Mixing prints and patterns has been accepted in high fashion for several years now, but we’ve only seen a glimpse of it in streetwear. Will 2018 be the year that consumers embrace this designer trend?

Florals are expected to be big in 2018, both for men and women, as gender-neutral styling becomes more in vogue. For upcoming spring clothing lines, designers experimented with mixing different florals or combining them with another style, such as a floral top with a bohemian-style skirt or pants. Some designers toned it down a bit by introducing a mix of patterns in the same color scheme, or a mix of colors in the same pattern, according to moodfabrics.com. 

“Maximalism is a trend buzzword as ’80s fashions are revived,” says Vicki Ostrom, trend editor for supplier SanMar (PPAI 110788). “Patterns are bold, with colorful patchworks of multiple patterns coming together within one print and oversized florals that are placed on aggressively bright backgrounds. Chunky, embroidered elements, such as popular red roses, are placed vertically down sleeves. Embroidery is such an important technique lately that it has also inspired overall prints that mimic the effect of embroidery.”

Traditionalists who shy away from the new florals may rest assured that the Hawaiian shirt is making a comeback, based on the menswear spring trend report from vogue.com. Understated textures and patterns—basketweave, gradient, heather, honeycomb, graph check, micro check and seersucker to name a few—are also a good bet. Steve Pinzon, marketing director for supplier AKWA apparel (PPAI 205981), says, “As long as the patterns are subtle or consistent, the logo still stands out, and they are excellent alternatives to solids.”

Men can also dip their toes into patterns by trying out decorated socks, which add pizzazz to both jeans and business suits.

“The patterned-sock market in our industry is continuing to expand due to universal and wide-range appeal,” says Gwen Kelly, customer relations and product safety manager for supplier Suntex Industries (PPAI 113094). “Millennials are wearing them as dress socks; lawyers, doctors, financial advisors and other corporate professionals are wearing them to work; and college students are wearing them everywhere.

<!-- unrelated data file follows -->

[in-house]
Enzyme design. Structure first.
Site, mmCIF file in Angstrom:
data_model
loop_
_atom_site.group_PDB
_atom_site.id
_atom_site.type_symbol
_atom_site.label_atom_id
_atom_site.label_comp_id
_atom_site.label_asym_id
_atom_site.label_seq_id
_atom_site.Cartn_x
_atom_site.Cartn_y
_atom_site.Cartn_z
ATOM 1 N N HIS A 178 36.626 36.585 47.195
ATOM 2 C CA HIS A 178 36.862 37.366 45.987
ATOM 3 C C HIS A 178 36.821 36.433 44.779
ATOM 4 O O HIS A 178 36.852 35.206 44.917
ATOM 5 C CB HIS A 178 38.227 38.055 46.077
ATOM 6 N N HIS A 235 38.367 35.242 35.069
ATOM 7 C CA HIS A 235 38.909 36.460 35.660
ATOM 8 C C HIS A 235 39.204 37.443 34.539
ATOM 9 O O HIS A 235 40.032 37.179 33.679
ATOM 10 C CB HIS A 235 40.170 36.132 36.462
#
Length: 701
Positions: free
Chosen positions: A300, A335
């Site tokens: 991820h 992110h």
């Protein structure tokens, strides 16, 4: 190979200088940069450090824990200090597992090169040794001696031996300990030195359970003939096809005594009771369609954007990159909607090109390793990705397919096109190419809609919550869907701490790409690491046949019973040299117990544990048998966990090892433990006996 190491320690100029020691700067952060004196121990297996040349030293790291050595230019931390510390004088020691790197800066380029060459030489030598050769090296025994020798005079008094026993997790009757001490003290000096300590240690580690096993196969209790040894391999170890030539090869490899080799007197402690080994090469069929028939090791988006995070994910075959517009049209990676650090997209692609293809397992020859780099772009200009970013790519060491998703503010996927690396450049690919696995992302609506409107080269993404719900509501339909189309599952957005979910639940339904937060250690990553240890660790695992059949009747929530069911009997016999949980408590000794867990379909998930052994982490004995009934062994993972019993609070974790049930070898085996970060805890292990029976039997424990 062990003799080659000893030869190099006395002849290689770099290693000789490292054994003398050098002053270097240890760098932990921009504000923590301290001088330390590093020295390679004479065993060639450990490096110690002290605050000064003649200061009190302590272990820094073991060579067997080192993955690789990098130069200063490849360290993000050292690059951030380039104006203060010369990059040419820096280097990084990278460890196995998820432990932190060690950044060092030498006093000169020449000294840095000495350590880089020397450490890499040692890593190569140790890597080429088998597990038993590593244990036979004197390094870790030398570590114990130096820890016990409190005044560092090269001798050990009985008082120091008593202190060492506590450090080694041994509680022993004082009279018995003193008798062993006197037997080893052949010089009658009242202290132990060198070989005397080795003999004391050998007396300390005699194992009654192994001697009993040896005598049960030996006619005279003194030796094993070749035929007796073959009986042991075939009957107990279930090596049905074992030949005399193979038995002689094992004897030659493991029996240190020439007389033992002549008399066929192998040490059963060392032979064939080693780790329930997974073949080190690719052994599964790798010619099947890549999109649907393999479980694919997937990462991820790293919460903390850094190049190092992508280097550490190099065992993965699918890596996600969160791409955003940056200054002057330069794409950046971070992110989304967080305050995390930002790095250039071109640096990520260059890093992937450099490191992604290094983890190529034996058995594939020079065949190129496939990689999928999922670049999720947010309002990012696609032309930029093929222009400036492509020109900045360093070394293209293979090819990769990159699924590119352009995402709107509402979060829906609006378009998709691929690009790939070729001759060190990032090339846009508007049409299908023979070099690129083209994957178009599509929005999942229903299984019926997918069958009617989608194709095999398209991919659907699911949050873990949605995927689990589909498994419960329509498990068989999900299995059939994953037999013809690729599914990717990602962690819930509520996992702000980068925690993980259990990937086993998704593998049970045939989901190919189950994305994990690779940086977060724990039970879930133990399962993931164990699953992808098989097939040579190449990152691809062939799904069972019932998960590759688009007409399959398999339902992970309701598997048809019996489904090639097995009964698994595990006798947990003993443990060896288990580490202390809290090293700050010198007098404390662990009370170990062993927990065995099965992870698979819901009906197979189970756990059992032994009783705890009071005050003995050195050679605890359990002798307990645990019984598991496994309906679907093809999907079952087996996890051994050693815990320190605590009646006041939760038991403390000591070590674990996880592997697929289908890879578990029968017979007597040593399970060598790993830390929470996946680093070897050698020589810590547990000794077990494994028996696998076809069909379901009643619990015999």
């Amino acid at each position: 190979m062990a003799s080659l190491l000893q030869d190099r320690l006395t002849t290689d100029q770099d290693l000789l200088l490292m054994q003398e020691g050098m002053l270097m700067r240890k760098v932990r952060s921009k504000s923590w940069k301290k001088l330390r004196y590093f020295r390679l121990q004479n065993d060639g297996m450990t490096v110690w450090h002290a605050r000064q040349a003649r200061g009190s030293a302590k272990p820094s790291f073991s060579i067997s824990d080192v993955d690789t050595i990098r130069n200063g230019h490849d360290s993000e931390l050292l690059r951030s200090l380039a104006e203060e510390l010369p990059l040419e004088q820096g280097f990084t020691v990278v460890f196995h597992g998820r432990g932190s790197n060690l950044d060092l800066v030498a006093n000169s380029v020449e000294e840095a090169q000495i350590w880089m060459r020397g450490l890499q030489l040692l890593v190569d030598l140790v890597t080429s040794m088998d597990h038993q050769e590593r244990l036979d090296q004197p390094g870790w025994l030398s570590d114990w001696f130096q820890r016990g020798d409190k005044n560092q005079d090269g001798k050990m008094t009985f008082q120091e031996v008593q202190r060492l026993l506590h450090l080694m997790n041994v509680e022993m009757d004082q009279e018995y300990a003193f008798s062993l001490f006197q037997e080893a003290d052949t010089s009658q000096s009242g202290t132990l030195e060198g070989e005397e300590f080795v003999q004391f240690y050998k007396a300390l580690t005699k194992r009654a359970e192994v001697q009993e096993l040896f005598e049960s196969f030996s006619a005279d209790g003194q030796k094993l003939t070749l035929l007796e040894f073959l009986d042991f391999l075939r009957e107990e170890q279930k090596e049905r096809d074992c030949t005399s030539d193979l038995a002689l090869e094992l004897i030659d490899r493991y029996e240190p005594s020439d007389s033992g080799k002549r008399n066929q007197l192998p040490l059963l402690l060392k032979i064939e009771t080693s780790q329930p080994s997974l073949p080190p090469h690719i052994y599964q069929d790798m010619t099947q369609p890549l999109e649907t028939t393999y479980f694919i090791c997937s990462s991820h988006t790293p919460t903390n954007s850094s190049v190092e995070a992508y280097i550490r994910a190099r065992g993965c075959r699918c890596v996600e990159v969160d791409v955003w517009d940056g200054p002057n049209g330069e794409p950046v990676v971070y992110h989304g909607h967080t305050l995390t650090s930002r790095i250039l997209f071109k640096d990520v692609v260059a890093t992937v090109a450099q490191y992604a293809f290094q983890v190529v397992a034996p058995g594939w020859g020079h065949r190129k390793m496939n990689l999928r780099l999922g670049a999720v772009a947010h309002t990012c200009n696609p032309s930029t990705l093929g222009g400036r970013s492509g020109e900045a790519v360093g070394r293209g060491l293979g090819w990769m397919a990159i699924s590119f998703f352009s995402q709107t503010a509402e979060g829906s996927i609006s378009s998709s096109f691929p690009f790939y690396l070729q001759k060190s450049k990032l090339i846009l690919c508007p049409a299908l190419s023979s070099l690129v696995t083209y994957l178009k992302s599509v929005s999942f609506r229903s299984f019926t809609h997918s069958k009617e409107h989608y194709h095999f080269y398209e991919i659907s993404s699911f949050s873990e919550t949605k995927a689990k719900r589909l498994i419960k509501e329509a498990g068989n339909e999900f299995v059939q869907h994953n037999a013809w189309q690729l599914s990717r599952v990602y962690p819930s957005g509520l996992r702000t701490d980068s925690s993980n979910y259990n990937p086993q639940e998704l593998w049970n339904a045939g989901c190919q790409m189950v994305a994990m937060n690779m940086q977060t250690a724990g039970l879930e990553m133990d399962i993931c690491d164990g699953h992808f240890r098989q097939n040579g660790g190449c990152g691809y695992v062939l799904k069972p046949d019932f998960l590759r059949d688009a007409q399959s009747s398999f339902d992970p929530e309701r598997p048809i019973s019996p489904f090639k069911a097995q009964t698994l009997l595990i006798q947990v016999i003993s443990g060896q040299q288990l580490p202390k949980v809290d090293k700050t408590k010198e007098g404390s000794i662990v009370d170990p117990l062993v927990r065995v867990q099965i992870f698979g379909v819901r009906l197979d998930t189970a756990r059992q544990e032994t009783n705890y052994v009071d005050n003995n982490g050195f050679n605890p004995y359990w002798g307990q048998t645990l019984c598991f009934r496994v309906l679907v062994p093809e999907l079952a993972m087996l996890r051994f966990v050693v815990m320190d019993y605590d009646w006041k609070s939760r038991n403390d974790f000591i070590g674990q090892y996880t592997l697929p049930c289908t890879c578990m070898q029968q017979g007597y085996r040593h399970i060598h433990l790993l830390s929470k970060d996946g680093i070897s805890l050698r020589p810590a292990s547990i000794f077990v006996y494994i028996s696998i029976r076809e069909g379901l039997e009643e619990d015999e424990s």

“[Patterned sock trends] include sporty, dressy, classy and high-end,” she adds. “We see new materials being introduced that will be used in the production process to keep up with current fashion trends. Businesses are using them for corporate events, product introductions and brand recognition.”

A leading trend in patterns—all things camouflage—continues to be in demand by fashion-conscious consumers. “Camo has been popular for years now, but these days, abstract camo patterns are really driving the trend,” says Gary Mosley, owner of supplier Kati Sportcap & Bag (PPAI 113758). “Kryptek Camo (a new style that is more effective than ever in masking or blending for the human and animal eye) made a splash this year, and we expect that popularity to continue in 2018. Other abstract patterns, like digital camo, will also be in high demand.”

Mosley adds, “Camo has extended beyond the hunting segment. It’s more of a fashion statement now, which is why you’re seeing non-traditional patterns like pink camo and the Kryptek styles. These new patterns have attracted female customers, so we’ve seen significant growth in that market.”